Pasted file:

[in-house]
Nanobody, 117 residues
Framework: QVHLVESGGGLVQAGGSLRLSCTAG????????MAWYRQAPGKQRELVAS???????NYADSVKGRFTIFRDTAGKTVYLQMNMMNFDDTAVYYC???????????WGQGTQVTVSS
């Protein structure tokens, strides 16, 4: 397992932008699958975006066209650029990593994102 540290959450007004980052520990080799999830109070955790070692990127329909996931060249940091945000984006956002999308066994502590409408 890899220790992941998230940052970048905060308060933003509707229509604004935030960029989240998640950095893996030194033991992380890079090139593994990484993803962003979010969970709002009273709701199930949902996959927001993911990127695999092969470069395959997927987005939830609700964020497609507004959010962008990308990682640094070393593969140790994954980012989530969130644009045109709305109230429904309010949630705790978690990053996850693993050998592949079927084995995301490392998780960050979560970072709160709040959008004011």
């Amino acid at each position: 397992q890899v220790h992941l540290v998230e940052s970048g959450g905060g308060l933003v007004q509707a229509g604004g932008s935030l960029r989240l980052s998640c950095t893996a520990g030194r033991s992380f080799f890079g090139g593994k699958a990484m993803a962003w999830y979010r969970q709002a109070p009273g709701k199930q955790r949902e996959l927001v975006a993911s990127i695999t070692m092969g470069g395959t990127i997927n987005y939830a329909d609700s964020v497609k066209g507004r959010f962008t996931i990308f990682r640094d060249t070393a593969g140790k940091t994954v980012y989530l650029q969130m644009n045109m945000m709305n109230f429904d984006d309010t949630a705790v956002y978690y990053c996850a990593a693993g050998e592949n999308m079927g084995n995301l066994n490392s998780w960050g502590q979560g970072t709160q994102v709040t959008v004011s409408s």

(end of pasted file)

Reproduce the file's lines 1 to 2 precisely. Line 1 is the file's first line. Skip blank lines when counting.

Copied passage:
[in-house]
Nanobody, 117 residues